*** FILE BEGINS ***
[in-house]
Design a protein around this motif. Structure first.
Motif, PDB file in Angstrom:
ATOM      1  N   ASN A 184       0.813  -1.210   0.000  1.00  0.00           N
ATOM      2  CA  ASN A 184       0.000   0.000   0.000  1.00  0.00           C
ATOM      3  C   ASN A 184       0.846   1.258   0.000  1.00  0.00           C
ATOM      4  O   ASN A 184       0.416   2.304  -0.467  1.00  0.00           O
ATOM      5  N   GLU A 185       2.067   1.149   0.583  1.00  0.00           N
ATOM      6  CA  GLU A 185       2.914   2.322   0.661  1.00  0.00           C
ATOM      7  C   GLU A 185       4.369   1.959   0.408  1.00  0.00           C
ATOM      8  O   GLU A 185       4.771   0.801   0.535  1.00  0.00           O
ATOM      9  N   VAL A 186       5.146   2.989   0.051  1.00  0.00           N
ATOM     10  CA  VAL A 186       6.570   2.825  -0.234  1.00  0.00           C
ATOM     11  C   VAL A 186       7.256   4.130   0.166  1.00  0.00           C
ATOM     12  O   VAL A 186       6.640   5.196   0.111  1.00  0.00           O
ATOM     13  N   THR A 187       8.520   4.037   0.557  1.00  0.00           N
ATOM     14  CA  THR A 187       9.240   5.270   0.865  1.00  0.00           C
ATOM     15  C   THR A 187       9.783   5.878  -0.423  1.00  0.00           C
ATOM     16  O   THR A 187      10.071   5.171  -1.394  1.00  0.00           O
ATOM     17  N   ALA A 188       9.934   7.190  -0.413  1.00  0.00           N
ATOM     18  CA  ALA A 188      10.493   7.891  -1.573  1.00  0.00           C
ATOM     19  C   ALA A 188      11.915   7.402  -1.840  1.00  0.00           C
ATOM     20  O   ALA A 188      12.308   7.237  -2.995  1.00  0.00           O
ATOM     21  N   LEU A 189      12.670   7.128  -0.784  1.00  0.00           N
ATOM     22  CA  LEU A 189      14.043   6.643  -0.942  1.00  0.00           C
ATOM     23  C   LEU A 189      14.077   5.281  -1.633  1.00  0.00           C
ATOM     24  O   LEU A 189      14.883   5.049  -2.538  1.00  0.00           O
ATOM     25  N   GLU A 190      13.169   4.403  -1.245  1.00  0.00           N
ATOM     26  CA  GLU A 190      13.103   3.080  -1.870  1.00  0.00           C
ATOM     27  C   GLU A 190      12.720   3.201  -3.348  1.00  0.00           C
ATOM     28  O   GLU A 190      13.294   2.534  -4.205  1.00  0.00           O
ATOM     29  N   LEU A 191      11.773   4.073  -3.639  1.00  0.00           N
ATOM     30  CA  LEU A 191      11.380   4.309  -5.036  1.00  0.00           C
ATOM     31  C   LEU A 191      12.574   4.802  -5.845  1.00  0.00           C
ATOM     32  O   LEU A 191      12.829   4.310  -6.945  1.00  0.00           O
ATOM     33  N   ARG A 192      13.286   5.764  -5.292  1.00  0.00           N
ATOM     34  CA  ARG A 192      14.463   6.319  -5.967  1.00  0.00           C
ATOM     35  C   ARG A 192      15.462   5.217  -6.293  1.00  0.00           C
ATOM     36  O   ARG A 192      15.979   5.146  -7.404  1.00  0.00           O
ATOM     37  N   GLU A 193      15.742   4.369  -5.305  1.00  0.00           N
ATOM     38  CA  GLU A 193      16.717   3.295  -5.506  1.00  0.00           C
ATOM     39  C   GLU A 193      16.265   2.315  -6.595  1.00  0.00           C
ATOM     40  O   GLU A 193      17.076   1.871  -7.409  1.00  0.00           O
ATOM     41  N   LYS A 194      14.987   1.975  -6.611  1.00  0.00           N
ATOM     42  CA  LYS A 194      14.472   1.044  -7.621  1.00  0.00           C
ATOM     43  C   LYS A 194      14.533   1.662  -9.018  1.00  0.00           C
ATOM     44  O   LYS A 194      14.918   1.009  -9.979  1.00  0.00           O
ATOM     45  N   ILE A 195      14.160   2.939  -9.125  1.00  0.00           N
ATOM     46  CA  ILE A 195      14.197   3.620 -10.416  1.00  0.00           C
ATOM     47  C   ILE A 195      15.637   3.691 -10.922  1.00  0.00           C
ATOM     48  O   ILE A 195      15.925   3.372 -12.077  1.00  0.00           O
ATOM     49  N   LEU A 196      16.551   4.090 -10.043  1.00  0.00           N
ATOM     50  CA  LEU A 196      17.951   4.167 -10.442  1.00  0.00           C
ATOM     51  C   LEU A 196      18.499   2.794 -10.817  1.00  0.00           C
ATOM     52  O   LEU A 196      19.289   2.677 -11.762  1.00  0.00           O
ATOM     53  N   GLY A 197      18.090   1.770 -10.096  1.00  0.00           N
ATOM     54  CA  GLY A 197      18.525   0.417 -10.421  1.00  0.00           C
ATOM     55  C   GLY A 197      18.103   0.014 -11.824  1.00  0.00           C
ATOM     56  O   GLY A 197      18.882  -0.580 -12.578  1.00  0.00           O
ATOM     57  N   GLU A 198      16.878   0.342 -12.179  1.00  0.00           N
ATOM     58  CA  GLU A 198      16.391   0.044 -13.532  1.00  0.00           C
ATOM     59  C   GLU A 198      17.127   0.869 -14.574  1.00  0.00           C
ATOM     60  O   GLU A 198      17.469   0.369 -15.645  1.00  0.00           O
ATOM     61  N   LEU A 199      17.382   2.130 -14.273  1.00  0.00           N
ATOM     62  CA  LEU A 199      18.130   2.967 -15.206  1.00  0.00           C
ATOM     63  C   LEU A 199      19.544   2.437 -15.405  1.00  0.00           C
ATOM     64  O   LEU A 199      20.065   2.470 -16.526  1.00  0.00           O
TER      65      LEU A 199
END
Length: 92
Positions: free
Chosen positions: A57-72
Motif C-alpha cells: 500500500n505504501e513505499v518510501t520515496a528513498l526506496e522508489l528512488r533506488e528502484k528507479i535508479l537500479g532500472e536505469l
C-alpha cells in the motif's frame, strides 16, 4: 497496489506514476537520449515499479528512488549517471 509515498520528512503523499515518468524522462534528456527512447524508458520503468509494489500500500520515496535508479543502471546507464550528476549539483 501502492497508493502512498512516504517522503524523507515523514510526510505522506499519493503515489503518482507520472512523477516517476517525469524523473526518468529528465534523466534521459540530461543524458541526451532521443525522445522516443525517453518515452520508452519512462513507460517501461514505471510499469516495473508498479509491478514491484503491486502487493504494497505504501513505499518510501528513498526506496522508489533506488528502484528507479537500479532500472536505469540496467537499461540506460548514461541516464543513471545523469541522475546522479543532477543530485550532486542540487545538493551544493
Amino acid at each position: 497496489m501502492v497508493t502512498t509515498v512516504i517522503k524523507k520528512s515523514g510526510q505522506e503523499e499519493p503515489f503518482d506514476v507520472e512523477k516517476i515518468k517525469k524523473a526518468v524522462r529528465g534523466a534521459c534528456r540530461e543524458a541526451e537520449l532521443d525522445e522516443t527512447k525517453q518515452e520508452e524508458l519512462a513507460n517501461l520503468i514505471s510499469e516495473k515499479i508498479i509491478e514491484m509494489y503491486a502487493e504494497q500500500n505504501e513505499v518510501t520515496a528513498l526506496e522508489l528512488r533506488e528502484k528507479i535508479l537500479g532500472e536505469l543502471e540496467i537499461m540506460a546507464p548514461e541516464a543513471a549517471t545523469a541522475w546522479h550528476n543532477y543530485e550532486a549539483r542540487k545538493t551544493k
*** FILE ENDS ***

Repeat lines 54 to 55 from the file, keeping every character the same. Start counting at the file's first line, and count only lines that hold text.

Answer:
ATOM     51  C   LEU A 196      18.499   2.794 -10.817  1.00  0.00           C
ATOM     52  O   LEU A 196      19.289   2.677 -11.762  1.00  0.00           O